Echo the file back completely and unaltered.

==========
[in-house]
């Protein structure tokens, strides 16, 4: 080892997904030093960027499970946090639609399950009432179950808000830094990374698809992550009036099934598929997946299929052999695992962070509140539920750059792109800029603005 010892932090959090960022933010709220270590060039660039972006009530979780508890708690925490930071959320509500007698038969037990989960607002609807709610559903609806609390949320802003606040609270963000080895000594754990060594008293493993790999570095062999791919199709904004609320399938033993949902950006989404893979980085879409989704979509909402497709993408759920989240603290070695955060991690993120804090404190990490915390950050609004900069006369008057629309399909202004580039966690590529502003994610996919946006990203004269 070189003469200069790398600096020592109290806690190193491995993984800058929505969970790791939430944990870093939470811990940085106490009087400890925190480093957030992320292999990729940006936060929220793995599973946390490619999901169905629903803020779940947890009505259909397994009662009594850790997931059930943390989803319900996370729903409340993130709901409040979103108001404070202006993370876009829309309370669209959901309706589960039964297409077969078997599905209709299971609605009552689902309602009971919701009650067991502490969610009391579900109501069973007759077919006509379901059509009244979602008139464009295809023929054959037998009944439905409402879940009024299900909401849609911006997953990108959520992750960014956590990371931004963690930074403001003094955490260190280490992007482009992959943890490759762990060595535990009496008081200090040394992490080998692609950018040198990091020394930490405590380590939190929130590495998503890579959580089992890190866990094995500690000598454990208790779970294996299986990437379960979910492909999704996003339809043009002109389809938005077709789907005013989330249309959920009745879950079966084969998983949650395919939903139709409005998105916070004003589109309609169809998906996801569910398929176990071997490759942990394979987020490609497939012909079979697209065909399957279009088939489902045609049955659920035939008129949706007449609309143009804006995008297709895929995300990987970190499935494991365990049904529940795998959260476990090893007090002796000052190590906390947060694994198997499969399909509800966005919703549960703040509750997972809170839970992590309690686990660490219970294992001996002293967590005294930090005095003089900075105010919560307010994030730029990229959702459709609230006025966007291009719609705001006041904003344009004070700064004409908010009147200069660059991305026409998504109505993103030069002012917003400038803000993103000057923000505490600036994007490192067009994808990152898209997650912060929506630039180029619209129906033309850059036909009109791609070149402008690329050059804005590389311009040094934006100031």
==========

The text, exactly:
[in-house]
């Protein structure tokens, strides 16, 4: 080892997904030093960027499970946090639609399950009432179950808000830094990374698809992550009036099934598929997946299929052999695992962070509140539920750059792109800029603005 010892932090959090960022933010709220270590060039660039972006009530979780508890708690925490930071959320509500007698038969037990989960607002609807709610559903609806609390949320802003606040609270963000080895000594754990060594008293493993790999570095062999791919199709904004609320399938033993949902950006989404893979980085879409989704979509909402497709993408759920989240603290070695955060991690993120804090404190990490915390950050609004900069006369008057629309399909202004580039966690590529502003994610996919946006990203004269 070189003469200069790398600096020592109290806690190193491995993984800058929505969970790791939430944990870093939470811990940085106490009087400890925190480093957030992320292999990729940006936060929220793995599973946390490619999901169905629903803020779940947890009505259909397994009662009594850790997931059930943390989803319900996370729903409340993130709901409040979103108001404070202006993370876009829309309370669209959901309706589960039964297409077969078997599905209709299971609605009552689902309602009971919701009650067991502490969610009391579900109501069973007759077919006509379901059509009244979602008139464009295809023929054959037998009944439905409402879940009024299900909401849609911006997953990108959520992750960014956590990371931004963690930074403001003094955490260190280490992007482009992959943890490759762990060595535990009496008081200090040394992490080998692609950018040198990091020394930490405590380590939190929130590495998503890579959580089992890190866990094995500690000598454990208790779970294996299986990437379960979910492909999704996003339809043009002109389809938005077709789907005013989330249309959920009745879950079966084969998983949650395919939903139709409005998105916070004003589109309609169809998906996801569910398929176990071997490759942990394979987020490609497939012909079979697209065909399957279009088939489902045609049955659920035939008129949706007449609309143009804006995008297709895929995300990987970190499935494991365990049904529940795998959260476990090893007090002796000052190590906390947060694994198997499969399909509800966005919703549960703040509750997972809170839970992590309690686990660490219970294992001996002293967590005294930090005095003089900075105010919560307010994030730029990229959702459709609230006025966007291009719609705001006041904003344009004070700064004409908010009147200069660059991305026409998504109505993103030069002012917003400038803000993103000057923000505490600036994007490192067009994808990152898209997650912060929506630039180029619209129906033309850059036909009109791609070149402008690329050059804005590389311009040094934006100031």